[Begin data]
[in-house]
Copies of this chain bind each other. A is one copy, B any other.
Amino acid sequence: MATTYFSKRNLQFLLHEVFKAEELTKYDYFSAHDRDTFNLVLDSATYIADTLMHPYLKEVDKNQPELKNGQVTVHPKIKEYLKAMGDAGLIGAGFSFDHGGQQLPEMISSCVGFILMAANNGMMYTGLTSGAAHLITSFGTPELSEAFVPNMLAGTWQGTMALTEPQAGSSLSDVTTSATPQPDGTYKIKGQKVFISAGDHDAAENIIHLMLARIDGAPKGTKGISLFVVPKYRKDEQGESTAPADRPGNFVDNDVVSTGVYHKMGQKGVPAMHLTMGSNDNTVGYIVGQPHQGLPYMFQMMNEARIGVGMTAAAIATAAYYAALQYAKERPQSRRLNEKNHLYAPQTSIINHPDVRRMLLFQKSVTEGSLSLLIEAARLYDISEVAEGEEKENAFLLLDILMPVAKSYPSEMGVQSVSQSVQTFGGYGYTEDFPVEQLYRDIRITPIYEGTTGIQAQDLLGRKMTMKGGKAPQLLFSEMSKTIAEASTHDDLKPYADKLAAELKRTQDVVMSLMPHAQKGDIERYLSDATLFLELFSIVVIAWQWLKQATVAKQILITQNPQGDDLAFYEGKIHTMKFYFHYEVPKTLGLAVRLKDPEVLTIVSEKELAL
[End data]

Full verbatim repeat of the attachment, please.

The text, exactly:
[in-house]
Copies of this chain bind each other. A is one copy, B any other.
Amino acid sequence: MATTYFSKRNLQFLLHEVFKAEELTKYDYFSAHDRDTFNLVLDSATYIADTLMHPYLKEVDKNQPELKNGQVTVHPKIKEYLKAMGDAGLIGAGFSFDHGGQQLPEMISSCVGFILMAANNGMMYTGLTSGAAHLITSFGTPELSEAFVPNMLAGTWQGTMALTEPQAGSSLSDVTTSATPQPDGTYKIKGQKVFISAGDHDAAENIIHLMLARIDGAPKGTKGISLFVVPKYRKDEQGESTAPADRPGNFVDNDVVSTGVYHKMGQKGVPAMHLTMGSNDNTVGYIVGQPHQGLPYMFQMMNEARIGVGMTAAAIATAAYYAALQYAKERPQSRRLNEKNHLYAPQTSIINHPDVRRMLLFQKSVTEGSLSLLIEAARLYDISEVAEGEEKENAFLLLDILMPVAKSYPSEMGVQSVSQSVQTFGGYGYTEDFPVEQLYRDIRITPIYEGTTGIQAQDLLGRKMTMKGGKAPQLLFSEMSKTIAEASTHDDLKPYADKLAAELKRTQDVVMSLMPHAQKGDIERYLSDATLFLELFSIVVIAWQWLKQATVAKQILITQNPQGDDLAFYEGKIHTMKFYFHYEVPKTLGLAVRLKDPEVLTIVSEKELAL